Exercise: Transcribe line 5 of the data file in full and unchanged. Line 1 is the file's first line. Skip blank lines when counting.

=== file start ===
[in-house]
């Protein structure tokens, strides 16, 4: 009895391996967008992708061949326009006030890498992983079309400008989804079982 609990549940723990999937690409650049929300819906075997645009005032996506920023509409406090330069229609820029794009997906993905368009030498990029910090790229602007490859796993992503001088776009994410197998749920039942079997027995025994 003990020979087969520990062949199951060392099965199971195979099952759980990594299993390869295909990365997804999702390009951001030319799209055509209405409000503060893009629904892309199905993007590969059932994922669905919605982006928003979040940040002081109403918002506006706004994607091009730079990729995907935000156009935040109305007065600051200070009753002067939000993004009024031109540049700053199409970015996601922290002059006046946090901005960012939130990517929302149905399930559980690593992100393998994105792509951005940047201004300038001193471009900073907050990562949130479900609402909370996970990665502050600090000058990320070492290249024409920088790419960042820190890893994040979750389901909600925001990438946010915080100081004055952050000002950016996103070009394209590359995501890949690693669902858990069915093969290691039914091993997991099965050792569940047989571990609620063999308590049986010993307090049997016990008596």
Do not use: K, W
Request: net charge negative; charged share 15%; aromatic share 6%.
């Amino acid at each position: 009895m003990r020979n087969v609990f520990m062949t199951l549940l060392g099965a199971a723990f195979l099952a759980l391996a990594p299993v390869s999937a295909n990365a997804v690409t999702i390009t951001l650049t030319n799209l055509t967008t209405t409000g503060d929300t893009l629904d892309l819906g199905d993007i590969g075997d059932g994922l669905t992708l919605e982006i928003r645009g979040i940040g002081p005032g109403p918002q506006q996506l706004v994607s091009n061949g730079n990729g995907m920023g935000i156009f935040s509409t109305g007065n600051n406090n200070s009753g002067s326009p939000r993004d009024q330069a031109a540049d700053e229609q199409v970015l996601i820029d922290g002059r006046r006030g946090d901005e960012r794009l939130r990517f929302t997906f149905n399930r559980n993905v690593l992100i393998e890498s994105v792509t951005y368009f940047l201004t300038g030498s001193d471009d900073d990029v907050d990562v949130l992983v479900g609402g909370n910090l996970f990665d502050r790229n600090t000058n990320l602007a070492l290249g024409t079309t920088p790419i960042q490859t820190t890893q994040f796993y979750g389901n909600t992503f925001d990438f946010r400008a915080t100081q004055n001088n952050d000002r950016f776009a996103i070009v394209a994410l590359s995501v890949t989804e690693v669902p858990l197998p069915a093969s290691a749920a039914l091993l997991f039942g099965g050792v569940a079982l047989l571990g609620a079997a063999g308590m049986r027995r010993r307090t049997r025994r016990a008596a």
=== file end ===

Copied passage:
């Amino acid at each position: 009895m003990r020979n087969v609990f520990m062949t199951l549940l060392g099965a199971a723990f195979l099952a759980l391996a990594p299993v390869s999937a295909n990365a997804v690409t999702i390009t951001l650049t030319n799209l055509t967008t209405t409000g503060d929300t893009l629904d892309l819906g199905d993007i590969g075997d059932g994922l669905t992708l919605e982006i928003r645009g979040i940040g002081p005032g109403p918002q506006q996506l706004v994607s091009n061949g730079n990729g995907m920023g935000i156009f935040s509409t109305g007065n600051n406090n200070s009753g002067s326009p939000r993004d009024q330069a031109a540049d700053e229609q199409v970015l996601i820029d922290g002059r006046r006030g946090d901005e960012r794009l939130r990517f929302t997906f149905n399930r559980n993905v690593l992100i393998e890498s994105v792509t951005y368009f940047l201004t300038g030498s001193d471009d900073d990029v907050d990562v949130l992983v479900g609402g909370n910090l996970f990665d502050r790229n600090t000058n990320l602007a070492l290249g024409t079309t920088p790419i960042q490859t820190t890893q994040f796993y979750g389901n909600t992503f925001d990438f946010r400008a915080t100081q004055n001088n952050d000002r950016f776009a996103i070009v394209a994410l590359s995501v890949t989804e690693v669902p858990l197998p069915a093969s290691a749920a039914l091993l997991f039942g099965g050792v569940a079982l047989l571990g609620a079997a063999g308590m049986r027995r010993r307090t049997r025994r016990a008596a």